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Figure 24-1 A, Buried absorbable sutures in the subcutaneous tissues and nonabsorbable sutures to approximate the skin margins. B and B\ Continuous sutures applied obliquely and transversely. C, Mattress (quilt) or right-angle suturing of the skin.

Non-obsorbai>I*; suUires

Figure 24-1 A, Buried absorbable sutures in the subcutaneous tissues and nonabsorbable sutures to approximate the skin margins. B and B\ Continuous sutures applied obliquely and transversely. C, Mattress (quilt) or right-angle suturing of the skin.

Non-obsorbai>I*; suUires

Figure 24-2 Everting the skin edge sharply so that the suture penetrates at the same distance from the edge on both deep and superficial surfaces.

Figure 24-3 A, End-on interrupted mattress suture. Band B', Continuous lock-suture.

Figure 24-4 Subcuticular closure of subcutaneous tissues and skin. A, The first suture is used to approximate the deep fat and includes Scarpa's fascia. B, The second suture closes the intermediate fat layer. C, The third suture runs immediately beneath the skin and approximates it. D, Closure completed. As indicated by arrows, the sutures are run back and forth to ensure they are free and can be easily removed. Stainless-steel wire, nylon, or polypropylene may be used for this closure. (From Coller, F.A., and MacLean, K.F.: In Cole, W.H. fed.J: Operative Technic in General Surgery. New York, Appleton-Century-Crofts, 1949, with permission.)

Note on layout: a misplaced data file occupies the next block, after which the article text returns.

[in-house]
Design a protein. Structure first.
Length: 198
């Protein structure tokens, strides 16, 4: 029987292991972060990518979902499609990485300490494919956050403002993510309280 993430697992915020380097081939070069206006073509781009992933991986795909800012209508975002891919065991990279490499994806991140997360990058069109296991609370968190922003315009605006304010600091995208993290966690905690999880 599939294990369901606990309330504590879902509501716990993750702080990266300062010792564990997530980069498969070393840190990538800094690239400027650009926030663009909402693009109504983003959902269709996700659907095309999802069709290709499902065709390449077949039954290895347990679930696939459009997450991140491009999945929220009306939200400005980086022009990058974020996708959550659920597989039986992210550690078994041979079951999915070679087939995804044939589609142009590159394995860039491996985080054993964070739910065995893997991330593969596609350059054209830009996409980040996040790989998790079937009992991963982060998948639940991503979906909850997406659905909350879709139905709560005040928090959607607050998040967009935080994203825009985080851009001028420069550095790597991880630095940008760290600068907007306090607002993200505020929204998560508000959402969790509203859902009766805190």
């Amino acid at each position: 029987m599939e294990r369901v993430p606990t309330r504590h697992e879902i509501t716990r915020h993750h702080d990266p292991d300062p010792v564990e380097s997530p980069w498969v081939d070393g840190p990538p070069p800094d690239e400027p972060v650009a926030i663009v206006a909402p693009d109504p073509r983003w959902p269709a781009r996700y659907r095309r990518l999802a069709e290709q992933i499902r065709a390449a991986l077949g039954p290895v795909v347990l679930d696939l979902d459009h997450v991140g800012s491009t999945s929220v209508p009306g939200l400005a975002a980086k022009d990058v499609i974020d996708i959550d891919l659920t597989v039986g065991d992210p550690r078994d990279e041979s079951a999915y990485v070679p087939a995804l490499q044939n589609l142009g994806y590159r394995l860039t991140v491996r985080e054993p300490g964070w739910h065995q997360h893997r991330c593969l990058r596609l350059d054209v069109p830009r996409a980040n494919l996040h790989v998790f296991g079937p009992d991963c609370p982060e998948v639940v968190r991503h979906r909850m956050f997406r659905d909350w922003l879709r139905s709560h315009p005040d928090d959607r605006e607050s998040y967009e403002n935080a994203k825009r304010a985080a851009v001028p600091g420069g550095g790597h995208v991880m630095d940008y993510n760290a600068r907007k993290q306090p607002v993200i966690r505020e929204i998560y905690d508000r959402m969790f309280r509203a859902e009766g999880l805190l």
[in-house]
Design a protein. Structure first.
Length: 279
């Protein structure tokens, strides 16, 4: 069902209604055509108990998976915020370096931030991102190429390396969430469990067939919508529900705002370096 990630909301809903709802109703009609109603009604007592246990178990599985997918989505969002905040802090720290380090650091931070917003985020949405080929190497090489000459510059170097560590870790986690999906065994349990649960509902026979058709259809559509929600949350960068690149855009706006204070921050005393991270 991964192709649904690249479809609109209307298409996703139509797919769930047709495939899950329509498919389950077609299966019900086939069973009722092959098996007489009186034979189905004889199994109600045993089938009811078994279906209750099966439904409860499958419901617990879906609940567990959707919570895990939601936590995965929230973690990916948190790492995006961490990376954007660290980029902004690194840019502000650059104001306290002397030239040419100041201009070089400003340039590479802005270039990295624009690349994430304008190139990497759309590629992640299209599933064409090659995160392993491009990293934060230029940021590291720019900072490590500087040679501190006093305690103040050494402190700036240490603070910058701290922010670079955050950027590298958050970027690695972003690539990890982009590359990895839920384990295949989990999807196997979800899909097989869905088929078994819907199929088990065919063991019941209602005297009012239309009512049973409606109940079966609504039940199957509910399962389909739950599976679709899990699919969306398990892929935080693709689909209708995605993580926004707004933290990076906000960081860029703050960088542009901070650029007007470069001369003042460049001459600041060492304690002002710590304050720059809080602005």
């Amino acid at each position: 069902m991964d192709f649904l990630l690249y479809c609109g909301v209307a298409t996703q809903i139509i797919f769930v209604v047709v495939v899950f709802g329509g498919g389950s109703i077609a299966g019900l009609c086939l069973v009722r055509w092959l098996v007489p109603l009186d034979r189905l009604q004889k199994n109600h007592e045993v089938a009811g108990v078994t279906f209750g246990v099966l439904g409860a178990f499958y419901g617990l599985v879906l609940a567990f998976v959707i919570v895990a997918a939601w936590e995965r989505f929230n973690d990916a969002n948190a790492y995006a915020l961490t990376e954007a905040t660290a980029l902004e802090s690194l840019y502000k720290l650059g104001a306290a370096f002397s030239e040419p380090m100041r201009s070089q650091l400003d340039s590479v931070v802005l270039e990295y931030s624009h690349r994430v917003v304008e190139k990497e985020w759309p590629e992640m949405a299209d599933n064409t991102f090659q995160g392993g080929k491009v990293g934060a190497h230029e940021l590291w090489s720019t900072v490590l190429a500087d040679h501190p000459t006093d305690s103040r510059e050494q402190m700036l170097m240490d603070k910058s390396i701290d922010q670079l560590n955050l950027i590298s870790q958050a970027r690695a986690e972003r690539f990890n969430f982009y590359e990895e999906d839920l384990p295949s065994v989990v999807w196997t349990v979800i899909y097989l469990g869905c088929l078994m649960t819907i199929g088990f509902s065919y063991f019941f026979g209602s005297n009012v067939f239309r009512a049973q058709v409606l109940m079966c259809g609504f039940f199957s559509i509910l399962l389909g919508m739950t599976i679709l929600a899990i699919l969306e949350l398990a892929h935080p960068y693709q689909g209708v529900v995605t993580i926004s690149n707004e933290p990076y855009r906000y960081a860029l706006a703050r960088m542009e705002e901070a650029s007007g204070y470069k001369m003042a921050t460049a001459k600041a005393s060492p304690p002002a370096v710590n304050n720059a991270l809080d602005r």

Figure 24-5 Method of placing a subcuticular suture and a variety of methods of fixing its ends.

Figure 24-6 Method of closure of the abdominal wall with stainless-steel wire. (From Halevy, A., Oland, Y., and Adam, Y.G.: Stainless steel wire for closure of abdominal operative wounds. Am. Surg., 44:342, 1978, with permission.)

Figure 24-8 A, Through-and-through wire suture. B, Correct and incorrect way of twisting wire ends. C, Wire sutures placed and secured.

Figure 24-8 A, Through-and-through wire suture. B, Correct and incorrect way of twisting wire ends. C, Wire sutures placed and secured.

Figure 24-9 Continuous suture. A, Initial knot tied intraperitoneally. B and D, Large tissue inclusion 2.5 to 4 cm from incision. C, Suture advancing 1 to 1.5 cm. (From Martyak, S.N., and Curtis, L.E.: Abdominal incision and closure. Am. J. Surg., 131:476, 1976, with permission.)

Figure 24-12 Abdominal wall closure with synthetic absorbable basting suture reinforced with fascial staples. The fascial staples are shown perpendicular to the fascial closure line. (From Elliot, T.E., Albertazzi, V.J., and Dan to, L.A.: A new technique for abdominal wall closure. Surg. Gynecol. Obstet, 145:425, 1977. By permission of Surgery, Gynecology and Obstetrics.)

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